Friday, June 17, 2022

Where Are The Kids?

Thursday - what a strange morning. We met at 0600 up at Oakenclough - Andy, Bryan and me - a sunny morning in mid-June when we might expect good numbers of both breeding adults and newly fledged juveniles. 

However, and against all expectations our catch of birds in four hours totalled a paltry twelve - 2 Willow Warbler, 2 Bullfinch, 2 Robin, 2 Blackcap, 1 Goldfinch, 2 Wren and 1 Dunnock. Only three of those twelve birds, the resident Robins and the single Dunnock, were juveniles of this year. 

A surprising aspect of the morning was the lack of juvenile Willow Warblers as opposed to the fifteen or so males still in full song in the planation. Spring 2022 was so cold, late and lacking in the timely arrival of both males and females that we suspect many Willow Warblers are still at the nesting/incubation stage where males sing while females attend to their nest. Alternatively there may be many nest failures but either way is bad news. 

Female Bullfinch AKN3608 was a recapture from the last visit while the male was new to us. Both were in prime breeding condition that suggested a nearby nest. 

Bullfinch
 
Bullfinch

Both Blackcaps were male but we saw no females or newly fledged young.

Blackcap

The two juvenile Robins were offspring of resident birds rather than summer returning warbler species. 

Robin
 
On the water and along the grassy banks we saw an unseasonal Whooper Swan, one that by rights should now be in Iceland. 
 
Whooper Swan

Quite why and how a Whooper Swan is up in the hills of Lancashire in mid-June is something of a mystery, but it could be the same one that summered in the Cockerham area 15 miles away in 2021 but then joined Greylags returning inland to breed. During the northerly winds and cold of May 2022 the Whooper probably felt quite at home. 

A single Buzzard soared around for a while before performing a display dive to distant trees. 

Buzzard

Buzzards are now scarce up here on the edge of Bowland where raptors must still take their chances against tech-savvy gamekeepers. In contrast to this certain and continued persecution there is informed talk of a very successful breeding season for both Hen Harriers (40+ young fledged) and Merlins on private land where the species are well watched and soundly protected.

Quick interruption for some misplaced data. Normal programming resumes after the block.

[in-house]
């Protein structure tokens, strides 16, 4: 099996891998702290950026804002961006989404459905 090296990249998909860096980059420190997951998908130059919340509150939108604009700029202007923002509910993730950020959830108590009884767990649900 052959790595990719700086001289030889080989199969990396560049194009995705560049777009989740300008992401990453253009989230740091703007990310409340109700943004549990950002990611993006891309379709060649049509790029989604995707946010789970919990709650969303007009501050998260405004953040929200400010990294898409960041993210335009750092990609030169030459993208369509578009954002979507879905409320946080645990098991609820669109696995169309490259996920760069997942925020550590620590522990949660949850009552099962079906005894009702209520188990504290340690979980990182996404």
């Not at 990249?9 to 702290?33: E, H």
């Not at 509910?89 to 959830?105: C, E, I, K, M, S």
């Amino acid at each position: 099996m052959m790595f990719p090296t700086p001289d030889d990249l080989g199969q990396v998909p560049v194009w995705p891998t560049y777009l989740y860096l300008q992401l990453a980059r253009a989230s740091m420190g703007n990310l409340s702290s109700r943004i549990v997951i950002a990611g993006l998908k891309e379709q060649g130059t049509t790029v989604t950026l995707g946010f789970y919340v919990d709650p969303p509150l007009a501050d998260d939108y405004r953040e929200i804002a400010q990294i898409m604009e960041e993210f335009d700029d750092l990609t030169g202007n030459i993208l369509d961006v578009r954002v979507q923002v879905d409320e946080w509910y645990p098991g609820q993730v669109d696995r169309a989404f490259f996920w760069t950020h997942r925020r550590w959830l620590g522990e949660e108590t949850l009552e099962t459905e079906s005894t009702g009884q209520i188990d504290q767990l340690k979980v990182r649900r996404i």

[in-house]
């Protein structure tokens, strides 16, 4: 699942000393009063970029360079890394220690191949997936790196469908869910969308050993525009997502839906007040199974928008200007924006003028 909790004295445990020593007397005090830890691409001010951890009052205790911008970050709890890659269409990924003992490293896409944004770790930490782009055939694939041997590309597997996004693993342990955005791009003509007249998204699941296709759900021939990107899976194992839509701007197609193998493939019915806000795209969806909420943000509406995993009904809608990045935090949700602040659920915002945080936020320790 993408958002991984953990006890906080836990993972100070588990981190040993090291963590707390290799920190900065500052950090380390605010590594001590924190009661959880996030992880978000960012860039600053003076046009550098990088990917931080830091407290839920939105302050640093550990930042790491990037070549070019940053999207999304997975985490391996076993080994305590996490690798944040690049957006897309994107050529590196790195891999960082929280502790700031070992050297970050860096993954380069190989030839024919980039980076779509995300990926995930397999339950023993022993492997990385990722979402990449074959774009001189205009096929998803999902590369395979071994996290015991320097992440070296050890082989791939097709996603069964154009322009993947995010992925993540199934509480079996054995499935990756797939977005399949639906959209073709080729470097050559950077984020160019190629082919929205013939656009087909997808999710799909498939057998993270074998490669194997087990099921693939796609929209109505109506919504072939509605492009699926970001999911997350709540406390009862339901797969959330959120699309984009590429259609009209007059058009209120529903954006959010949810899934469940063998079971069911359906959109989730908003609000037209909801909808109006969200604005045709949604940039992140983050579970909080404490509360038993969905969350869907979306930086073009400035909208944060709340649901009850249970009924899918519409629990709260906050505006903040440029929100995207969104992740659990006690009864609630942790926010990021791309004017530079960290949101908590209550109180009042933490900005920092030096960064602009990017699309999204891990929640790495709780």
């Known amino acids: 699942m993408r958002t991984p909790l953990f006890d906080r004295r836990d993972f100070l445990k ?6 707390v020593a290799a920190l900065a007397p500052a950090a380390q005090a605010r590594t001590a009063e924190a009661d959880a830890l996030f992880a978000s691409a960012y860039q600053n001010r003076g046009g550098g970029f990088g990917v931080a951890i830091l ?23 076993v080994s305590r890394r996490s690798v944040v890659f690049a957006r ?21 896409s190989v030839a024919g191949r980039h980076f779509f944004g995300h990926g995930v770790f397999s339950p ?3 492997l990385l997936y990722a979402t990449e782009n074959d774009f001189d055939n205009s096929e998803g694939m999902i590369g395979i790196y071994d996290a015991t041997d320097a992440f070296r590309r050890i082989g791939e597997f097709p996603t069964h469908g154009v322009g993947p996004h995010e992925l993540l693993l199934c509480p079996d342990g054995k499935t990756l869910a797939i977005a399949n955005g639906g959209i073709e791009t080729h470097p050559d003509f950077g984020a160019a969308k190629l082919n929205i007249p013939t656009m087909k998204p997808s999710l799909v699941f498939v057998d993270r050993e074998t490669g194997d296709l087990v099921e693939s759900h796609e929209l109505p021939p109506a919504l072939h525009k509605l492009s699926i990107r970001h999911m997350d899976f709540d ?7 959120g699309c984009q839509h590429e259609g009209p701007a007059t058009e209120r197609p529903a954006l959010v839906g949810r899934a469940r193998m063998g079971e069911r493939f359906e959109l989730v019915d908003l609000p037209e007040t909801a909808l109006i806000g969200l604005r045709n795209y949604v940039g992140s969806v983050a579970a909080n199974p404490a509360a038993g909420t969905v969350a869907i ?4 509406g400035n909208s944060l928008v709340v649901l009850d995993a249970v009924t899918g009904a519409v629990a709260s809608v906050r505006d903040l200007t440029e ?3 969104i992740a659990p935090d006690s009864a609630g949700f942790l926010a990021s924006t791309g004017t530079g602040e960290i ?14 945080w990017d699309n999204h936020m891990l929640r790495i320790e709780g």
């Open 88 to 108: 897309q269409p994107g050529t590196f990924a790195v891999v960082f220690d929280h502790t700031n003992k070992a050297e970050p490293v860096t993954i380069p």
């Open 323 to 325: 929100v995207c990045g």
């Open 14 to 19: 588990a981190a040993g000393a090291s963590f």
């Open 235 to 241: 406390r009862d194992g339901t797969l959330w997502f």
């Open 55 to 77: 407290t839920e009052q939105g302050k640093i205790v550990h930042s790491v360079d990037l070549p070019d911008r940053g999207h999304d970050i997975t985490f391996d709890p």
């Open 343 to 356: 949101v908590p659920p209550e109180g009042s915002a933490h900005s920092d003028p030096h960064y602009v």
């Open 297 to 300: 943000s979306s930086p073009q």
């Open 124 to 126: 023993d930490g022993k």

From nearby trees, mixed and conifer, we saw Siskin, Nuthatch, Great-spotted Woodpecker and a party of 15-20 Long-tailed Tit. Thankfully, and for the second time on the trot we retained a clean sheet for the timice family. By all accounts it would seem that they too have experienced a poor season due to a lack of caterpillar food in April and May. Our pet name for Oakenclough is "Coal Tit Central", but not on Thursday.

Nuthatch

Siskin

Others seen - 3 Grey Heron, 1 Grey Wagtail, 3 Pied Wagtail, 4 Swallow , Oystercatcher with one young. 

Back soon with more news, views and photos.

Linking this weekend to Eileen's Saturday Blog and Anni in Texas.



Monday, June 13, 2022

Owls And Kestrels

A nest box with camera is a great way of monitoring birds so as not to disturb the family unnecessarily until the time comes to ring the youngsters. The images of 31 May and then 8 June from Jamie’s camera documented the Kestrel’s progress so well that we were able to set the date for ringing the chicks as Monday 13 June. I met Andy on site at 1000 where we borrowed Steve’s ladder to investigate. 

Kestrels - 31 May

Kestrels - 8 June

We expected to find three chicks but were happy no see four young and feisty Kestrels at an ideal stage to accept their new rings. 
 
Kestrel

Kestrels - 13 June 

Ten minutes after ringing both adult Kestrels returned with animal food for the chicks. The same site has breeding Barn Owls and Kestrels together with Little Owls nearby, a variety of predators that points to a healthy population of voles, mice, rats and small birds in the adjacent and sympathetically farmed land. 

You can follow the progress of this Kestrel family on Jamie’s live nest box streams at https://www.facebook.com/NestBoxLive. There are birds from all over the world including Tree Sparrows, Swifts, Bluebirds plus owls and raptors alike. Be warned, the site is very addictive! 

Our visit was also timed to check the Barn Owl box that had not sent images for weeks. Andy climbed the ladder because he’s the youngest but not by much. He reported the camera lens buried in debris from many meals and their aftermath and advised the camera be cleaned and placed higher once the owls had finished. Of the four young Barn Owls just three were big enough to ring. 

Barn Owl Box
 
Barn Owl
 
Barn Owls lay 4-6 eggs but not all eggs hatch though 4 is the average as some may be infertile. Most bird species don’t start to incubate (sit on and warm) their eggs until the clutch is complete, so the eggs hatch at more or less the same time. 

Barn Owls begin incubation as soon as the first egg is laid and lay additional eggs over a period of around 8-21 days. After 31-32 days’ incubation, the eggs hatch every 2-3 days, usually in the order they were laid. This is known as “asynchronous” hatching. The age difference between the oldest and youngest nestlings can be as much as three weeks. This age variation serves to reduce the peak in food demand and spread it over a longer period.